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29th of April

Broken and Burned

We go on the hunt today.  Through field still cold and unturned, we hold our destination in sight, a ramshackle barn and a crumpled man’s home.




The ruins.

The broken.

The history.

The textures of a life long-lived.  That’s what we’re after.

We don’t want prettified.

We want real and we want to see the deep interiors, just as they are, before they’re gone from us all.


The man has moved out, too old and worn-down to live on his own anymore.  House will be bull-dozed and barn will be burned.  Flat land will turn into parking lot for buses of children coming to know wild prairie, home to many a bird and mammal.



Yes, the bull-dozing and burning will make way for new.  But we don’t want to forget the old.  We want to relish the treasures, go on one last hunt, learn what we can, embrace this life that was and still is, before she goes up into the arms of God.


I wonder how this barn feels about being stripped of her skin, her innards exposed?  Are more vultures coming to peel her back, revealing more mess, picking her apart?

Not us.

We have come seeking treasure hands can’t hold, to learn, to run fingers along her grooved face, to pay our last respects.


Our oldest son, one of our village’s volunteer firemen who will set torch to this place, he steps up and into the gut of her, then up again to the highest level.



He wants to see every corner of her before she goes.  I watch his wonder as he points to unexpected finds like a scuba weight belt and flippers, a rusted refrigerator.


Our other son bends, plunging hands into a pile of sparkplugs.




Our daughter rummages through an old box of books, hooking some Bible stories and pulling them up, all dusty.  “Look, Mom!  I think he was a Christian!”  The unexpected treasures we find when we search . . .


I go below, to stalls housing animals decades ago, protected by stone foundation.



I look through holes made from planks removed and see creation framed by broken.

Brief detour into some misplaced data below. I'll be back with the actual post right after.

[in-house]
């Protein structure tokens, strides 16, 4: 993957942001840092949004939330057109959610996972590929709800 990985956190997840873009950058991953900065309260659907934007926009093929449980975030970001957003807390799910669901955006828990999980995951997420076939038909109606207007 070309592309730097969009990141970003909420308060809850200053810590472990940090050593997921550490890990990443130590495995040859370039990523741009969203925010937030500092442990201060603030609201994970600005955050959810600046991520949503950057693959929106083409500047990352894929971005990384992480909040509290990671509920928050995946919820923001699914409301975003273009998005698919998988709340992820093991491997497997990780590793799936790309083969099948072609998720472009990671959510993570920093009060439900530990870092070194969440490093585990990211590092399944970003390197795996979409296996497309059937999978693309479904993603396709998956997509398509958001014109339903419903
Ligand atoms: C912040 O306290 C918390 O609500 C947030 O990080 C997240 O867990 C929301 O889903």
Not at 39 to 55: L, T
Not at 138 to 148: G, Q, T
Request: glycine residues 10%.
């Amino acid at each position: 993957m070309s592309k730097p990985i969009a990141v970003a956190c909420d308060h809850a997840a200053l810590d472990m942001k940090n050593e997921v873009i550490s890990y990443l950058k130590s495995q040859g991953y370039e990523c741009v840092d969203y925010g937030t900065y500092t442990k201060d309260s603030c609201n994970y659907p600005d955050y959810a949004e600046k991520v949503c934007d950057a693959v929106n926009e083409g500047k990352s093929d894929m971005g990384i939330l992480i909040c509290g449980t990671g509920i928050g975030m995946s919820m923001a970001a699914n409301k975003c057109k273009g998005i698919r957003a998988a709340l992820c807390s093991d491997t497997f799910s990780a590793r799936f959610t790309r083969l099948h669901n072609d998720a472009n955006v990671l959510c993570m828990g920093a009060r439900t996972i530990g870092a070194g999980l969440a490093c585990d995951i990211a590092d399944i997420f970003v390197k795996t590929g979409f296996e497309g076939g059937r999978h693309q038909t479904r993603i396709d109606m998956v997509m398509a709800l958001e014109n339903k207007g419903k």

I hold a piece of her in my hand, running a finger softly along her lines, carved by age and elements, and thank God for etching Himself into her skin.


“I will not forget you!  See, I have engraved you on the palm of my hands.  Your walls are ever before me.”  Isaiah 49:15-16


Her day is coming, when she will burn to the ground.  Her ashes will feed the prairie, also burned to bring new life.  The prairie will feed bird and beast.  And I will walk through wildflower fields one day, grateful for all the giving and receiving, for all the remembering.




If this barn could think and feel, I would hope she’s relieved someone has come to know her and appreciate her, junk and all, holes and edges, wrinkles and scars.  She’s beautiful, I think, as is.






And as for this barn of an aging woman, I am thankful for God and the many who have embraced the worn, the peeled back, the exposed, the one who’s tempted to think she’s beyond repair too often, the one who has burned and been burned but still stands by grace, wanting to be used for good.



Every barn has a story.

Sometimes, we need to find our way past scary cobwebs and thick settled dust.

Sometimes, we have to see dirty to come clean.

Sometimes, we have to let Grace come and walk within, instead of around.   



But now, this is what the LORD says—he who created you, O Jacob, he who formed you, O Israel:  “Fear not, for I have redeemed you; I have summoned you by name; you are mine.  When you pass through the waters, I will be with you; and when you pass through the rivers, they will not sweep over you.  When you walk through the fire, you will not be burned; the flames will not set you ablaze.  For I am the LORD, your God, the Holy One of Israel, your Savior.     Isaiah 43: 1-3

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Come stroll the trails with me on our 44 acre Midwest horse farm where I seek God in the ordinary and always find Him--the Extraordinary--wooing, teaching, wowing me with Himself. Thanks for visiting. I hope you will be blessed!

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